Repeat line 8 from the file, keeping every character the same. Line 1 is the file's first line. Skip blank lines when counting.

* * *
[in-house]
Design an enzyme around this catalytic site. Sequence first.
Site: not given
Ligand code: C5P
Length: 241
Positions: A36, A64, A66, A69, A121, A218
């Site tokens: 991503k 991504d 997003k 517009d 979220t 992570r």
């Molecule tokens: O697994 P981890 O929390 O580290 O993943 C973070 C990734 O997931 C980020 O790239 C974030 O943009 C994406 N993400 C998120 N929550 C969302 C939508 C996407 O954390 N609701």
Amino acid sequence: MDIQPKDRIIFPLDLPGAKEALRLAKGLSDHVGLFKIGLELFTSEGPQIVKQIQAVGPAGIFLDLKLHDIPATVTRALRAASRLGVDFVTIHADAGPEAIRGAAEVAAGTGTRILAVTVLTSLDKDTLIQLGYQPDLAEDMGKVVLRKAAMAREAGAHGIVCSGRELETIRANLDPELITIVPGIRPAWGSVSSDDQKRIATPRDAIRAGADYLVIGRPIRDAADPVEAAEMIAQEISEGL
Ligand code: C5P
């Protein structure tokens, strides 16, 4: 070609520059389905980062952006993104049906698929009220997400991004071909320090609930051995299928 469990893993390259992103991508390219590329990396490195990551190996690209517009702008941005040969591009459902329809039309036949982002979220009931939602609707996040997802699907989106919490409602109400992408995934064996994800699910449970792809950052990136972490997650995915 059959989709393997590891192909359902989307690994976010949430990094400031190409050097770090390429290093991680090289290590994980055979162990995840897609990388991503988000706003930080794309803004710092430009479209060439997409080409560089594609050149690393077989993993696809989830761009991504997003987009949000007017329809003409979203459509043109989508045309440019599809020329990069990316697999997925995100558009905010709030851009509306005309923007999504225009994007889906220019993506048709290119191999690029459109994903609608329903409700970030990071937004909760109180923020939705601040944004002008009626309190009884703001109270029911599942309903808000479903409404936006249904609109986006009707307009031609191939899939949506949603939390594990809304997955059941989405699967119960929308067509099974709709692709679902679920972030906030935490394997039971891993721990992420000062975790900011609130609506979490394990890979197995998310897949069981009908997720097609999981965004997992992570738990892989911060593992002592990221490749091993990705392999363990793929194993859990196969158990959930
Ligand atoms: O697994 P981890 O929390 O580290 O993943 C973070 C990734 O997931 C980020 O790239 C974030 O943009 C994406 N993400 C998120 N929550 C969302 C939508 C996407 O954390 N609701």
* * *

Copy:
């Molecule tokens: O697994 P981890 O929390 O580290 O993943 C973070 C990734 O997931 C980020 O790239 C974030 O943009 C994406 N993400 C998120 N929550 C969302 C939508 C996407 O954390 N609701």